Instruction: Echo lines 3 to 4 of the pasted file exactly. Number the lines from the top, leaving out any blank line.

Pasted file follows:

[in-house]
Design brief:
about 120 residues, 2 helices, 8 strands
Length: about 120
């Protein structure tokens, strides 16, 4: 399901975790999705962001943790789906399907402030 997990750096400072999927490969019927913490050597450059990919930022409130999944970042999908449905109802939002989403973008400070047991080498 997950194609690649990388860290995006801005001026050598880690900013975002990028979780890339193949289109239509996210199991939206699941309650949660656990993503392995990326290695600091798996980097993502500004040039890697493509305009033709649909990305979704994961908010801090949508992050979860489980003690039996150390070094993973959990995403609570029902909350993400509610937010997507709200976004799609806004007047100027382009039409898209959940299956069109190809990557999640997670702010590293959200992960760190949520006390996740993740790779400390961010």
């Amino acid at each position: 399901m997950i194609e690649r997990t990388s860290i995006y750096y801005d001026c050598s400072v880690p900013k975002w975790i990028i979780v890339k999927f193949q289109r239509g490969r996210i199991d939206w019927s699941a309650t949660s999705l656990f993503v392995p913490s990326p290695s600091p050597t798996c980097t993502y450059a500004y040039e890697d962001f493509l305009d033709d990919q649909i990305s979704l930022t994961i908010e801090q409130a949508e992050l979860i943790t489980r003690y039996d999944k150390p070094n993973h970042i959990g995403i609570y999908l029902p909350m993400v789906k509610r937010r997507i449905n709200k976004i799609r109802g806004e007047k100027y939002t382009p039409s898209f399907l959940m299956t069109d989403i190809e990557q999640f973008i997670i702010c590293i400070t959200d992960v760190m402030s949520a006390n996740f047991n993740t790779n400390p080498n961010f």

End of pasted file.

about 120 residues, 2 helices, 8 strands
Length: about 120